Utilities across the country are embracing community solar, viewing it as an opportunity to retain customers and compete against the burgeoning self-generation rooftop solar PV market by providing a utility-operated 100 percent solar option. As of July 2016, 16 states and Washington, DC have enacted community solar legislation. Additionally, more than 25 states have at least one community solar project online, totaling just over 100 MW of installed capacity. Navigant forecasts that community solar will see a compound annual growth rate (CAGR) of 75 percent between 2016 and 2020, with the cumulative market reaching 1.5 GW by 2020.
Navigant advises utilities interested in developing a community solar program and developers/financiers considering entering the market. Based on conversations with utilities, developers and program designers with experience developing community solar projects, Navigant has developed the following list of tips for utilities considering community solar.
1. Know What Your Customers Want
It’s important that utilities understand what’s driving interest in community solar in their territories (e.g., savings, bill certainty over time, environmental benefits, etc.). Designing a program that meets customer needs and drives satisfaction should remain a priority throughout the program design. Keeping the program simple and promoting it in a manner that is easily understood is key to engaging customers up front. Utilities should consider running a customer focus group or conducting a customer survey to capture the opinions of their constituents.
2. Learn from Other Utility Programs
Utilities are developing community solar programs across the country. Talk to them about their experiences, and review case studies. Learn what works, what doesn’t, and the lessons learned. Navigant has been a collaborator on the U.S. Department of Energy’s SunShot-funded Community Solar Value Project (CSVP)* and has developed a number of case studies and a comparative pricing matrix that highlights successful programs. Don’t expect to get everything right the first time; be flexible, and expect to amend your program once it’s launched.
3. Define Program Goals
What are the objectives of the program, and what are you trying to accomplish? Who are your target subscribers, and who is the program intended to benefit? Some common objectives include:
- Developing the largest community solar program possible
- Providing an alternative to rooftop solar for customer retention
- Earning a rate of return on the project
- Saving customers money on their utility bill
- Providing solar access to a broader customer base (i.e., renters)
- Meeting utility Renewable Portfolio Standards (RPS)
4. Set “Successful Program” Metrics Up Front
For many utilities, current community solar programs are the first of their kind. It is important to set up-front success metrics so that these programs can be measured and improved upon in the future. For example, one utility may oversize its program to prevent a waitlist, while another may attribute success to whether the program is sold out before project completion.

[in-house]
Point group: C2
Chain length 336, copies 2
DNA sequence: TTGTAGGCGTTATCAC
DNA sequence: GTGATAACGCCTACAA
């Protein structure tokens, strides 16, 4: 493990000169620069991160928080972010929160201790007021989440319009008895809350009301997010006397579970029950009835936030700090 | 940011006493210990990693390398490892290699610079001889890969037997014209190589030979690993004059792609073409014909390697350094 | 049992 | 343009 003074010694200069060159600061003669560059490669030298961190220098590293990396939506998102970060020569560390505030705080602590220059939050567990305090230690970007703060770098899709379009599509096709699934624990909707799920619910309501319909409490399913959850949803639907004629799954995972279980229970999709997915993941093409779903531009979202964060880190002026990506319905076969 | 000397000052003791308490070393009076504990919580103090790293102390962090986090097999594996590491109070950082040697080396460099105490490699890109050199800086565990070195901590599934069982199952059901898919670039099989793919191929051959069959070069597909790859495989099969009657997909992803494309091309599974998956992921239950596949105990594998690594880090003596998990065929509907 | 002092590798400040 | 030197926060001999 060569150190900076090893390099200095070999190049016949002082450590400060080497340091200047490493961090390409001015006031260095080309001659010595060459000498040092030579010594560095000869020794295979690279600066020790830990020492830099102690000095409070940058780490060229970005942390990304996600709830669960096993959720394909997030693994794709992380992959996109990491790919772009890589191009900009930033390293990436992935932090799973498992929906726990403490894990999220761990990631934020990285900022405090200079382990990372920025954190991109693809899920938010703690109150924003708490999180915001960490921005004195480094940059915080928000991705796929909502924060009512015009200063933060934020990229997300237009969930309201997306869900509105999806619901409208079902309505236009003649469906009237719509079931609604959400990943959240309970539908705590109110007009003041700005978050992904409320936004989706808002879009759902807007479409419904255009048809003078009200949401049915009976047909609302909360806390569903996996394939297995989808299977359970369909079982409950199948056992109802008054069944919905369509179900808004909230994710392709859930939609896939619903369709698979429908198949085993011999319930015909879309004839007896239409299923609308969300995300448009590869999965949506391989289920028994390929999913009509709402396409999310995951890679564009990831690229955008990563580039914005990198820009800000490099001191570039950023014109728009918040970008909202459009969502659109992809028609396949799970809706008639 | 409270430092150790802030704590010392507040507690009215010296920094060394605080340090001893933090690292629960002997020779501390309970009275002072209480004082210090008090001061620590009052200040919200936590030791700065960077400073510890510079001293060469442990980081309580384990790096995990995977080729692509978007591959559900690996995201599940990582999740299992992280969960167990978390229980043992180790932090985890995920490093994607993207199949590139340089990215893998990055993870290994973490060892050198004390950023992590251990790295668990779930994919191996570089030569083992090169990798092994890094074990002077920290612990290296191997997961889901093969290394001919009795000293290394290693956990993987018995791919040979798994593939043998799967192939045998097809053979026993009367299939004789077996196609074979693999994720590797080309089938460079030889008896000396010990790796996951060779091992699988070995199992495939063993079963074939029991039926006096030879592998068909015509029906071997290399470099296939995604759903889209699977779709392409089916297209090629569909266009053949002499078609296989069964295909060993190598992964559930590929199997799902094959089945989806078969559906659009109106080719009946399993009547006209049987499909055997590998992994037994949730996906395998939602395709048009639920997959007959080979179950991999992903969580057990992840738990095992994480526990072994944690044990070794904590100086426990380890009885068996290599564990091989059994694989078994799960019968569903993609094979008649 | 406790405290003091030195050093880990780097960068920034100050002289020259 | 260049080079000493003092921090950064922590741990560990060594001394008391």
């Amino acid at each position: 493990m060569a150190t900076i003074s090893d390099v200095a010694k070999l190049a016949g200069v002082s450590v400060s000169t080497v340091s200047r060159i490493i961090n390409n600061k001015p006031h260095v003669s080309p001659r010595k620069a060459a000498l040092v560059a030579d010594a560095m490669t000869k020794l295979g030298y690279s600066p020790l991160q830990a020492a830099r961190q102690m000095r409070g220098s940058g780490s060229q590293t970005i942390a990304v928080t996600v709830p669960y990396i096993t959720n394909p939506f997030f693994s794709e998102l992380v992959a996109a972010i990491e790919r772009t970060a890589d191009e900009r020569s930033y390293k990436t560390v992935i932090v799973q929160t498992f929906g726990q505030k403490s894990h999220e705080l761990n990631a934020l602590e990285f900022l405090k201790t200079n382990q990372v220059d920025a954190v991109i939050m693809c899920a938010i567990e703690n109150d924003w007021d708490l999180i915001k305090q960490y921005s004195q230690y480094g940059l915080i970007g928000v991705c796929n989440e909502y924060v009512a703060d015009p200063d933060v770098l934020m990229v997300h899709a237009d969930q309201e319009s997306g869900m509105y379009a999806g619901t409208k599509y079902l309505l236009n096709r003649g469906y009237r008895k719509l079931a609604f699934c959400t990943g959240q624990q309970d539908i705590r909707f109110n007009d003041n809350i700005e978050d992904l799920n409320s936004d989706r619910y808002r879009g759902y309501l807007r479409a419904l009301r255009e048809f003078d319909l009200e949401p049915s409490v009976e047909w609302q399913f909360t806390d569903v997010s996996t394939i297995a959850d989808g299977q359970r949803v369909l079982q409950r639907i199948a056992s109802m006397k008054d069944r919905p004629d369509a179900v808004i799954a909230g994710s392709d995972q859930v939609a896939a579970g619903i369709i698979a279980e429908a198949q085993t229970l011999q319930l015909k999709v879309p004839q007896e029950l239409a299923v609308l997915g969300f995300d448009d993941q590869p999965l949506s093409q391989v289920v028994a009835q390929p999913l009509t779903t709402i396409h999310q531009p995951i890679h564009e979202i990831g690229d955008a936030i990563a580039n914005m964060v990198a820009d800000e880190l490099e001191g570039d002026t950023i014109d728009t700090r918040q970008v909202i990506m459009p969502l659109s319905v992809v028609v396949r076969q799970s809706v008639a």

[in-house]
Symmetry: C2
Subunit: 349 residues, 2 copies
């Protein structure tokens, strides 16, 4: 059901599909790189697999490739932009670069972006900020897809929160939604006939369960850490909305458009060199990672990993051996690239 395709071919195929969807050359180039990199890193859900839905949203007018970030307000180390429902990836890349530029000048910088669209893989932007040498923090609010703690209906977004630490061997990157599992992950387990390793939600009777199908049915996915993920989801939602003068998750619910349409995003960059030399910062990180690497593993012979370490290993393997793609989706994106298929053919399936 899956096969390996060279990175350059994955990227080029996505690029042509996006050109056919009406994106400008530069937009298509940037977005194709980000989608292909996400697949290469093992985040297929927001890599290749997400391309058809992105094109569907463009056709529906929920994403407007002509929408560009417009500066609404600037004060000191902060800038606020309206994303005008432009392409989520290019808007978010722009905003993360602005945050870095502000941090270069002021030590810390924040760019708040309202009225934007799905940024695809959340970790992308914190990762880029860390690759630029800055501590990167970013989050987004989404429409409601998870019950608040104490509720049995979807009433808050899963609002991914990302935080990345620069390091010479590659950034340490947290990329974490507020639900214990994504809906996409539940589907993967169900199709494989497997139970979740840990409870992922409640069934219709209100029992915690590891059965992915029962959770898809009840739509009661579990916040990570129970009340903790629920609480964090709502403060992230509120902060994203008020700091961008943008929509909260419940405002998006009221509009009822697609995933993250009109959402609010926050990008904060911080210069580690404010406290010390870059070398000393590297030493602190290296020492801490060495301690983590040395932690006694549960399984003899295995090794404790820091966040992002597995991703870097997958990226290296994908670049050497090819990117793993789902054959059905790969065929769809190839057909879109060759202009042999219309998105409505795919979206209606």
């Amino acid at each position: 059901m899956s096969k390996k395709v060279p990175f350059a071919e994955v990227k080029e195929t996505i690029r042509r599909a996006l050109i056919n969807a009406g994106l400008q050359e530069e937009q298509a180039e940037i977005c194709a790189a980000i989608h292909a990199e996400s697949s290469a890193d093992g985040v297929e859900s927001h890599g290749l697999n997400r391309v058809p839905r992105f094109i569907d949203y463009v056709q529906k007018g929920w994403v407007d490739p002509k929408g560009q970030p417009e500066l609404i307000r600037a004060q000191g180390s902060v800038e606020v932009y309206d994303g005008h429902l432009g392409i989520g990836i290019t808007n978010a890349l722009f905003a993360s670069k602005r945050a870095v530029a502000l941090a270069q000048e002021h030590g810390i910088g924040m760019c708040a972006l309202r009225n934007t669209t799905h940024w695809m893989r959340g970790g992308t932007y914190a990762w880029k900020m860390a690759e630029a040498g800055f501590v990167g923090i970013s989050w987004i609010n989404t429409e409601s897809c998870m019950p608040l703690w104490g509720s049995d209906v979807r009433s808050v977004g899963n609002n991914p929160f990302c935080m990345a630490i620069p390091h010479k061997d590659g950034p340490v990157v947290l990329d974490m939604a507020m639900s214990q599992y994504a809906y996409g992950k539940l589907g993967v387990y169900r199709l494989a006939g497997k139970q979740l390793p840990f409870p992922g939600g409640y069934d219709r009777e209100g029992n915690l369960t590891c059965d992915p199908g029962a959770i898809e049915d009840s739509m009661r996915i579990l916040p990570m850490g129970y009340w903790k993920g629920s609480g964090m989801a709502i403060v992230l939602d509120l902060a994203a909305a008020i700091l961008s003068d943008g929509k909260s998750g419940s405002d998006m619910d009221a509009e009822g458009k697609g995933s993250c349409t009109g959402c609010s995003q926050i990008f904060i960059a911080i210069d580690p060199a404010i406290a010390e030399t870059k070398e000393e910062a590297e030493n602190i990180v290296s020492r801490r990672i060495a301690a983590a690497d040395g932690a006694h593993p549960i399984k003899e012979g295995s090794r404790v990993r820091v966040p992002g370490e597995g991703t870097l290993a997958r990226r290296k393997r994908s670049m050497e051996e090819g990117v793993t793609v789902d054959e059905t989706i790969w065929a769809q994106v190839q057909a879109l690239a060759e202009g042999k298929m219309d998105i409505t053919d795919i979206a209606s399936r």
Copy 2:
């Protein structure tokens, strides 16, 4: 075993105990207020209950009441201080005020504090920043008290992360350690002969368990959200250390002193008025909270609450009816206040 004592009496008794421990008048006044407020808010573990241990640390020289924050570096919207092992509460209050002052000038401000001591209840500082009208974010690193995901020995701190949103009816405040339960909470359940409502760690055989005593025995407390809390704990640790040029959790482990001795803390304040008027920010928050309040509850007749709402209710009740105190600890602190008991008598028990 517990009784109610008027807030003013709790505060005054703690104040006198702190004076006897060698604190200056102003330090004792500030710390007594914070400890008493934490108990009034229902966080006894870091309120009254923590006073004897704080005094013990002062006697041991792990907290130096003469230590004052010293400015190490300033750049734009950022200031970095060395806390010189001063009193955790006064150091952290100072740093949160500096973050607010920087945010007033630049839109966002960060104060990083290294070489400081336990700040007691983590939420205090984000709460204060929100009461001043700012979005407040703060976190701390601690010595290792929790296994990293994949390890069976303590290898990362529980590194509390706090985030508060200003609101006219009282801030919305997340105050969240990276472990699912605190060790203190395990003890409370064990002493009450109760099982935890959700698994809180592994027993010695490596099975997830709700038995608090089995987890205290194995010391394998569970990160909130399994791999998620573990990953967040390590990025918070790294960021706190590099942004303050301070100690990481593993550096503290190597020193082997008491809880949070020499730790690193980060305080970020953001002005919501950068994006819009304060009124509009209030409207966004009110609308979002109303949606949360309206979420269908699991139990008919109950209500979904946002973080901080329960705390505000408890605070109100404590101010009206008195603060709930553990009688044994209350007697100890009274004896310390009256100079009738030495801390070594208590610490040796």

5. Establish Internal Buy-In and a Cross-Functional Utility Team
Community solar programs typically require coordination across many utility departments, including marketing, procurement, IT, billing, and customer service. Utilities should strive to establish internal buy-in and a cross-functional team to ensure a smooth program rollout and implementation.
6. Determine Site Location and Seek Quality Equipment
Choosing a site that minimizes grid integration costs and reduces distribution congestion is key for utilities, especially as community solar projects increase in size. Understanding local environmental requirements and laws is important when selecting a site. Being able to see their shared solar panels in the local community is a major appeal for customers—but not if it results in a huge premium.
Considering site location prior to the procurement process is crucial to avoid project delays. Local schools, churches, and brownfields are highly visible sites to consider. Additionally, developers stress the importance of specifying Tier One panels and quality balance of system equipment. Specifying system requirements is particularly important if customers own shares of the system or if the utility is interested in purchasing the system from the developer in the future.
7. Define Program Components
Clearly defining community solar program components is necessary to implement a successful program. Some key components include:
- Participant requirements
- Subscriber payment structure (up front [$/kW] or ongoing [$/kWh])
- Developing a community solar rate ($/kWh) for solar production
- Determining how renewable energy credits (RECs) will be handled, ensuring clear communication to subscribers; REC ownership is very important to certain customers
8. Know Your Strengths
Launching a community solar program can be time consuming and take a large toll on the internal departments within a utility. Determining project support from marketing, program design, and customer acquisition through project development, financing, bill integration, and ongoing program support remain key. Finding a balance between utilizing strengths and the need for retaining outside expertise is one of the most important aspects for utilities in developing a successful program. Make sure to understand your internal skills before hiring external parties.
9. Consider Hiring a Third Party